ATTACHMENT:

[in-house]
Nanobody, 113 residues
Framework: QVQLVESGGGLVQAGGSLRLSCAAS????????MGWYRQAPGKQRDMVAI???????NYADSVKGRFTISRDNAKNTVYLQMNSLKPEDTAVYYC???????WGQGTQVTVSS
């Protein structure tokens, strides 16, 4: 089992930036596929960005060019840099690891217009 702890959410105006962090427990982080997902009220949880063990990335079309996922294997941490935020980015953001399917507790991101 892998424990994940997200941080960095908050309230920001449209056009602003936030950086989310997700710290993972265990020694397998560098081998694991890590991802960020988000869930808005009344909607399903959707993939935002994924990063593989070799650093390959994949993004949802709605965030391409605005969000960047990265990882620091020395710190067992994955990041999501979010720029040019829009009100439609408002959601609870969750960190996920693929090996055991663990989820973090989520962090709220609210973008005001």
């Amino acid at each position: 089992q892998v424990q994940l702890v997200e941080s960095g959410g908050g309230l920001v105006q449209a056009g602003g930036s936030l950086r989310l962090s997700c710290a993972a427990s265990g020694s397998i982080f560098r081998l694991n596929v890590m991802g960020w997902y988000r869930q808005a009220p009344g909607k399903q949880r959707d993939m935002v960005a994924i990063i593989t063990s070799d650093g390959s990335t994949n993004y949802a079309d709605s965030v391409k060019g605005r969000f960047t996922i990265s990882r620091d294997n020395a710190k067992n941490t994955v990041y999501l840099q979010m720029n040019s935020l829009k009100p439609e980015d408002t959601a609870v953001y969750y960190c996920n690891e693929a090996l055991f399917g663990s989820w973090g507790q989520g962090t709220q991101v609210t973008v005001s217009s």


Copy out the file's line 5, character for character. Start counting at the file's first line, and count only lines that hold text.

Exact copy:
């Amino acid at each position: 089992q892998v424990q994940l702890v997200e941080s960095g959410g908050g309230l920001v105006q449209a056009g602003g930036s936030l950086r989310l962090s997700c710290a993972a427990s265990g020694s397998i982080f560098r081998l694991n596929v890590m991802g960020w997902y988000r869930q808005a009220p009344g909607k399903q949880r959707d993939m935002v960005a994924i990063i593989t063990s070799d650093g390959s990335t994949n993004y949802a079309d709605s965030v391409k060019g605005r969000f960047t996922i990265s990882r620091d294997n020395a710190k067992n941490t994955v990041y999501l840099q979010m720029n040019s935020l829009k009100p439609e980015d408002t959601a609870v953001y969750y960190c996920n690891e693929a090996l055991f399917g663990s989820w973090g507790q989520g962090t709220q991101v609210t973008v005001s217009s």